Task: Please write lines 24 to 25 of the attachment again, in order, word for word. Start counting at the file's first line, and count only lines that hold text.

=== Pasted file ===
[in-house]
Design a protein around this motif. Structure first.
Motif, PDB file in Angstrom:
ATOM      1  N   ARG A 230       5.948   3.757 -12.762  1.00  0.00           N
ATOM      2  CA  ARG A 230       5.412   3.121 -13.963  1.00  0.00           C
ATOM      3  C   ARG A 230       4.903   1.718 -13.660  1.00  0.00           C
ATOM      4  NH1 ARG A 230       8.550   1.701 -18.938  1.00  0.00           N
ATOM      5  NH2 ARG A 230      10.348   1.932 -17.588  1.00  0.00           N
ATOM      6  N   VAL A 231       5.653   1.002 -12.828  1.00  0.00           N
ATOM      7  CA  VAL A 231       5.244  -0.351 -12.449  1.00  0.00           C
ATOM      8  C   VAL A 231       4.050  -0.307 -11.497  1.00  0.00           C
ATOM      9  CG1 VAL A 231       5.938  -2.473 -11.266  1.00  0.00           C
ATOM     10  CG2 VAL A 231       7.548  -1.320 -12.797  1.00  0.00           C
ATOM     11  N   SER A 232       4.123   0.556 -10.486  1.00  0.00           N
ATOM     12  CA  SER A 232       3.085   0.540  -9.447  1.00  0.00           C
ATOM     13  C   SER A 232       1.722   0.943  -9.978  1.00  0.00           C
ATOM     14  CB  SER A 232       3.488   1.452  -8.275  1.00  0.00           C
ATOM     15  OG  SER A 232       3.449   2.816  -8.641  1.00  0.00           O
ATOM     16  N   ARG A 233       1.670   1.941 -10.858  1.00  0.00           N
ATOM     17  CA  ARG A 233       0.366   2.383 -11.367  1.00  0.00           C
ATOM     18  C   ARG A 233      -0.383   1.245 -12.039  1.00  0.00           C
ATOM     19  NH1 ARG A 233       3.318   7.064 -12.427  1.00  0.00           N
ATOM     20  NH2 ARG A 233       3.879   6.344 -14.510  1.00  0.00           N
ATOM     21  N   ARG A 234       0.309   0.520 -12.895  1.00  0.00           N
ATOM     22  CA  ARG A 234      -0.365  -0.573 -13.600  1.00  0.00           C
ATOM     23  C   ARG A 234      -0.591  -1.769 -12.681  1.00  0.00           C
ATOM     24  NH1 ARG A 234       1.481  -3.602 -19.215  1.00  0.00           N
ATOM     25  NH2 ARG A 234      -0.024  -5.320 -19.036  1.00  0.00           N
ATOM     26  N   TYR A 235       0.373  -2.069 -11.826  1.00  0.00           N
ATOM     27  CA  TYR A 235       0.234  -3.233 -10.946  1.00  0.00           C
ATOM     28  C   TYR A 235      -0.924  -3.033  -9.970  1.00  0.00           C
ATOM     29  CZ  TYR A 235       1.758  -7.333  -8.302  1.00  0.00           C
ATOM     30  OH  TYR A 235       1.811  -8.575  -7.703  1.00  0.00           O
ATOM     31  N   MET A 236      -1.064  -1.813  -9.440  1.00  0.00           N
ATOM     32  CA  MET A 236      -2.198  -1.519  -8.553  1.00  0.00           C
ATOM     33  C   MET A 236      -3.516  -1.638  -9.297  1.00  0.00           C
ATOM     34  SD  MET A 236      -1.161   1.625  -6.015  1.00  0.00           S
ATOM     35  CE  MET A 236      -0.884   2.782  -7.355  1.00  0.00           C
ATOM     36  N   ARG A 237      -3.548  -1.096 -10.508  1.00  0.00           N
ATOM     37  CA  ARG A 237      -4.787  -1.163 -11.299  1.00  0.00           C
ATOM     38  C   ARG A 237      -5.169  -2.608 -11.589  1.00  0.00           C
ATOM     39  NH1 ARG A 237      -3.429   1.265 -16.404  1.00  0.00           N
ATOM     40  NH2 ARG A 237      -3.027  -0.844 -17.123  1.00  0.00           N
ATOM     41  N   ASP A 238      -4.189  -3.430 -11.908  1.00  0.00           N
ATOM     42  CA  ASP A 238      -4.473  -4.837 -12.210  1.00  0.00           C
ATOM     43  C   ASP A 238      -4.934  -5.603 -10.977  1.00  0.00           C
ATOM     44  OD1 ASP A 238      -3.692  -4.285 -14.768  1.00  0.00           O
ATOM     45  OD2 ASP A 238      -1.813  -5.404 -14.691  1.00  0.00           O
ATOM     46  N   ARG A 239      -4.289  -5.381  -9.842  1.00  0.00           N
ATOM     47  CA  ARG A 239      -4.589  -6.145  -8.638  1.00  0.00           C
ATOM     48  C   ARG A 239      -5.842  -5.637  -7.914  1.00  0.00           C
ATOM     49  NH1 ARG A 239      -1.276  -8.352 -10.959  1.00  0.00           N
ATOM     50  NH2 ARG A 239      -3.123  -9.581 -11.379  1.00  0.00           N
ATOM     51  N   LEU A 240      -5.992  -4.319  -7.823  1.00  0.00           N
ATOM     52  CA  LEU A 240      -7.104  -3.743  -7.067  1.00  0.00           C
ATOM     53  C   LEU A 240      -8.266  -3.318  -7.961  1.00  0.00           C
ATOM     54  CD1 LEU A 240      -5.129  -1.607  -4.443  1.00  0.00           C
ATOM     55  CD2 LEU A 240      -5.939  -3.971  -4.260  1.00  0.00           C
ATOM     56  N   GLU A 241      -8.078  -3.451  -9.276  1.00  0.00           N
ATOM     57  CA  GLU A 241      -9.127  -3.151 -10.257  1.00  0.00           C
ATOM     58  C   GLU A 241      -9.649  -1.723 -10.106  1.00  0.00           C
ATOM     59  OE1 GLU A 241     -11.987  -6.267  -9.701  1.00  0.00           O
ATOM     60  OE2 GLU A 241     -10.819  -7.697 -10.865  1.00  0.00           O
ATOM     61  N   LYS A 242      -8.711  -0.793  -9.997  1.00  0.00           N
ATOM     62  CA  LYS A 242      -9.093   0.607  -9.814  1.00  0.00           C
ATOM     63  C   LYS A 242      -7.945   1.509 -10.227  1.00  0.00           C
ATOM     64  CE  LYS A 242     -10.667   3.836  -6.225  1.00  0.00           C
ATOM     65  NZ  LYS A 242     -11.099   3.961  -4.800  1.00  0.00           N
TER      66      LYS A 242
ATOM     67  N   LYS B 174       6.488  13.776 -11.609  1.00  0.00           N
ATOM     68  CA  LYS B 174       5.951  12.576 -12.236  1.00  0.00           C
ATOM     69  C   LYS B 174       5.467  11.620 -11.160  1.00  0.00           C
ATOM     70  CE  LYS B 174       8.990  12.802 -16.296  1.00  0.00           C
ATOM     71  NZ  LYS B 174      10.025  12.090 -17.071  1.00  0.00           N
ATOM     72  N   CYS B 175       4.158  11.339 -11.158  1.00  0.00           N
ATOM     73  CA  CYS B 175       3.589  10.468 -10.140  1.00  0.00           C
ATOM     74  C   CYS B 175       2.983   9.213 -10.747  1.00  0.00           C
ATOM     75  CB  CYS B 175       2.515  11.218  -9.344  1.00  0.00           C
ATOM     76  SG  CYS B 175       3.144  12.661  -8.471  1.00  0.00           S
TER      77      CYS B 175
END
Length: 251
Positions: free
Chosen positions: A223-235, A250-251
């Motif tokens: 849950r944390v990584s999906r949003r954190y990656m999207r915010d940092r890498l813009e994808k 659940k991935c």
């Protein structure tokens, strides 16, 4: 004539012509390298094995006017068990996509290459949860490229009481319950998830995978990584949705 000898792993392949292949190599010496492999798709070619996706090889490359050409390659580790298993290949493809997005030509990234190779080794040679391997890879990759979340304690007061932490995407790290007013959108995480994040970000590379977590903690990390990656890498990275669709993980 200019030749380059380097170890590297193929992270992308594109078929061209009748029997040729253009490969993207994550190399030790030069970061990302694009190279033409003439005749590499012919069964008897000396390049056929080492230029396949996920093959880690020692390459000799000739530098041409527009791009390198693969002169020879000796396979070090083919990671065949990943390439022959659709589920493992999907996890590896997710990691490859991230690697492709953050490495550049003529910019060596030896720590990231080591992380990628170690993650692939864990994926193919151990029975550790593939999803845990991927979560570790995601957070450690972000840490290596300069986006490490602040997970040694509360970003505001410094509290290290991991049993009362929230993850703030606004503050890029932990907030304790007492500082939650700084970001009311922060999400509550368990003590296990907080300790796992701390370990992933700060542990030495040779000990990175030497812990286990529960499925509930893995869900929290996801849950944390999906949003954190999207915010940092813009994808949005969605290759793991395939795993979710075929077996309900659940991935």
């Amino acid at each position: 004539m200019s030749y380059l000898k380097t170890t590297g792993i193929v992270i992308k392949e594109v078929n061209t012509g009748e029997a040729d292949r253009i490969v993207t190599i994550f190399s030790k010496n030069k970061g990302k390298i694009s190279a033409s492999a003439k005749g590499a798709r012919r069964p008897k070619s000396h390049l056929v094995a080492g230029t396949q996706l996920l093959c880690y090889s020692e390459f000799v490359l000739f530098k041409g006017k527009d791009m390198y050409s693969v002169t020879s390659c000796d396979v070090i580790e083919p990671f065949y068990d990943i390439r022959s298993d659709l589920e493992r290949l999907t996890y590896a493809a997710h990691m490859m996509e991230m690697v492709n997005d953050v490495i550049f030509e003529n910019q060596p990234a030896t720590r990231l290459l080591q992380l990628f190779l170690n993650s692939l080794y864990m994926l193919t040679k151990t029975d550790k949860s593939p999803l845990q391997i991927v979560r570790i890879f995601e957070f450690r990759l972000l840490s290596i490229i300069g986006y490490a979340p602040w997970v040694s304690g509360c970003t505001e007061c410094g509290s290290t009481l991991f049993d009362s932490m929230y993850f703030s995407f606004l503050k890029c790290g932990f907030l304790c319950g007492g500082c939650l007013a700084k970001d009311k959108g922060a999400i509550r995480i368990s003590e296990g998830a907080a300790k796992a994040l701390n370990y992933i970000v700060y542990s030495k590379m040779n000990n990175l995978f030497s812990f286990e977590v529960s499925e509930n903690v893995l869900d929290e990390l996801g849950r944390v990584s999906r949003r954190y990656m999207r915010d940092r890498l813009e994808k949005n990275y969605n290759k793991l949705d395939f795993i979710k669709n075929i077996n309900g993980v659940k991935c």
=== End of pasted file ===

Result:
ATOM     21  N   ARG A 234       0.309   0.520 -12.895  1.00  0.00           N
ATOM     22  CA  ARG A 234      -0.365  -0.573 -13.600  1.00  0.00           C